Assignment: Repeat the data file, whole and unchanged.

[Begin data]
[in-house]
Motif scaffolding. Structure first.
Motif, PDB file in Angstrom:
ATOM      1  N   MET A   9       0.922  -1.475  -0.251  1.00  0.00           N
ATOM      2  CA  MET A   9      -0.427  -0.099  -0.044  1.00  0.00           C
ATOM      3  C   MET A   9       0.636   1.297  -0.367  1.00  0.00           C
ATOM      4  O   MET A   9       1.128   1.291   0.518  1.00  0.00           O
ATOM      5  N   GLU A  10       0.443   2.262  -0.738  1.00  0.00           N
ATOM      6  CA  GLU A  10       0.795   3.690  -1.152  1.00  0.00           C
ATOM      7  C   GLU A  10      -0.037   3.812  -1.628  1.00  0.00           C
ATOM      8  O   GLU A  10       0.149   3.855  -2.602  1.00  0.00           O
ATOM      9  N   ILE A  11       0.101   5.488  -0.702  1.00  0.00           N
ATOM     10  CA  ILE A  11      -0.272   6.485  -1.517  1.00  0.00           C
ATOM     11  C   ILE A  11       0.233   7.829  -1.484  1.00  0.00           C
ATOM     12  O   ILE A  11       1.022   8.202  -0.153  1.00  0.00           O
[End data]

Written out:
[in-house]
Motif scaffolding. Structure first.
Motif, PDB file in Angstrom:
ATOM      1  N   MET A   9       0.922  -1.475  -0.251  1.00  0.00           N
ATOM      2  CA  MET A   9      -0.427  -0.099  -0.044  1.00  0.00           C
ATOM      3  C   MET A   9       0.636   1.297  -0.367  1.00  0.00           C
ATOM      4  O   MET A   9       1.128   1.291   0.518  1.00  0.00           O
ATOM      5  N   GLU A  10       0.443   2.262  -0.738  1.00  0.00           N
ATOM      6  CA  GLU A  10       0.795   3.690  -1.152  1.00  0.00           C
ATOM      7  C   GLU A  10      -0.037   3.812  -1.628  1.00  0.00           C
ATOM      8  O   GLU A  10       0.149   3.855  -2.602  1.00  0.00           O
ATOM      9  N   ILE A  11       0.101   5.488  -0.702  1.00  0.00           N
ATOM     10  CA  ILE A  11      -0.272   6.485  -1.517  1.00  0.00           C
ATOM     11  C   ILE A  11       0.233   7.829  -1.484  1.00  0.00           C
ATOM     12  O   ILE A  11       1.022   8.202  -0.153  1.00  0.00           O